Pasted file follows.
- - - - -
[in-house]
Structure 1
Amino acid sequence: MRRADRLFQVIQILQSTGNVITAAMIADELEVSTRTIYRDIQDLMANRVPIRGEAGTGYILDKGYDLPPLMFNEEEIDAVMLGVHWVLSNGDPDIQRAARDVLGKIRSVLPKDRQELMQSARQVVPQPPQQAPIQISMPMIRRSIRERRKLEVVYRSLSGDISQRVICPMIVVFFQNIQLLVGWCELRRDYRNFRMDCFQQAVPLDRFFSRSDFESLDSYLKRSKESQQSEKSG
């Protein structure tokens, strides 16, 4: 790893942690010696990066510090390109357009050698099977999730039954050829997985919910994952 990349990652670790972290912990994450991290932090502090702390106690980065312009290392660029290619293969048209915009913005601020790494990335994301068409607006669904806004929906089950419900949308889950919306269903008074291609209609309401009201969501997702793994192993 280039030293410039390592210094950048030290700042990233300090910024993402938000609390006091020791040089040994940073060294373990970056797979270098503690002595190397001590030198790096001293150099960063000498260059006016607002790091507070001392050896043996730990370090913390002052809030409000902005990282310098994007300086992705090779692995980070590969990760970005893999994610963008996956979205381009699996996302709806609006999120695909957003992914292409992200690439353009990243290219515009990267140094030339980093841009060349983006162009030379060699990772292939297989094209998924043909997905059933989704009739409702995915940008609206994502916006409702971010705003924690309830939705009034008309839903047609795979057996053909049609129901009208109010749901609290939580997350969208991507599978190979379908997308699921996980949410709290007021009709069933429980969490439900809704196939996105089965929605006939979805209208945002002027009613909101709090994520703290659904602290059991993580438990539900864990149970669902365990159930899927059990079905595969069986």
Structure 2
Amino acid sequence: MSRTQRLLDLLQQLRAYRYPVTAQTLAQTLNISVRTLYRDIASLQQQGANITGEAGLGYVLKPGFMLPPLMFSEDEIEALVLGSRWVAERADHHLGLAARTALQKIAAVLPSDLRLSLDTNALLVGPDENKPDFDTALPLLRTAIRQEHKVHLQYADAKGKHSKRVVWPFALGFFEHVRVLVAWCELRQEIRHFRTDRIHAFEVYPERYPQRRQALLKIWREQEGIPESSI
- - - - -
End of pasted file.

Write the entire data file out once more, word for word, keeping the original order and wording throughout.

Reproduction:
[in-house]
Structure 1
Amino acid sequence: MRRADRLFQVIQILQSTGNVITAAMIADELEVSTRTIYRDIQDLMANRVPIRGEAGTGYILDKGYDLPPLMFNEEEIDAVMLGVHWVLSNGDPDIQRAARDVLGKIRSVLPKDRQELMQSARQVVPQPPQQAPIQISMPMIRRSIRERRKLEVVYRSLSGDISQRVICPMIVVFFQNIQLLVGWCELRRDYRNFRMDCFQQAVPLDRFFSRSDFESLDSYLKRSKESQQSEKSG
């Protein structure tokens, strides 16, 4: 790893942690010696990066510090390109357009050698099977999730039954050829997985919910994952 990349990652670790972290912990994450991290932090502090702390106690980065312009290392660029290619293969048209915009913005601020790494990335994301068409607006669904806004929906089950419900949308889950919306269903008074291609209609309401009201969501997702793994192993 280039030293410039390592210094950048030290700042990233300090910024993402938000609390006091020791040089040994940073060294373990970056797979270098503690002595190397001590030198790096001293150099960063000498260059006016607002790091507070001392050896043996730990370090913390002052809030409000902005990282310098994007300086992705090779692995980070590969990760970005893999994610963008996956979205381009699996996302709806609006999120695909957003992914292409992200690439353009990243290219515009990267140094030339980093841009060349983006162009030379060699990772292939297989094209998924043909997905059933989704009739409702995915940008609206994502916006409702971010705003924690309830939705009034008309839903047609795979057996053909049609129901009208109010749901609290939580997350969208991507599978190979379908997308699921996980949410709290007021009709069933429980969490439900809704196939996105089965929605006939979805209208945002002027009613909101709090994520703290659904602290059991993580438990539900864990149970669902365990159930899927059990079905595969069986």
Structure 2
Amino acid sequence: MSRTQRLLDLLQQLRAYRYPVTAQTLAQTLNISVRTLYRDIASLQQQGANITGEAGLGYVLKPGFMLPPLMFSEDEIEALVLGSRWVAERADHHLGLAARTALQKIAAVLPSDLRLSLDTNALLVGPDENKPDFDTALPLLRTAIRQEHKVHLQYADAKGKHSKRVVWPFALGFFEHVRVLVAWCELRQEIRHFRTDRIHAFEVYPERYPQRRQALLKIWREQEGIPESSI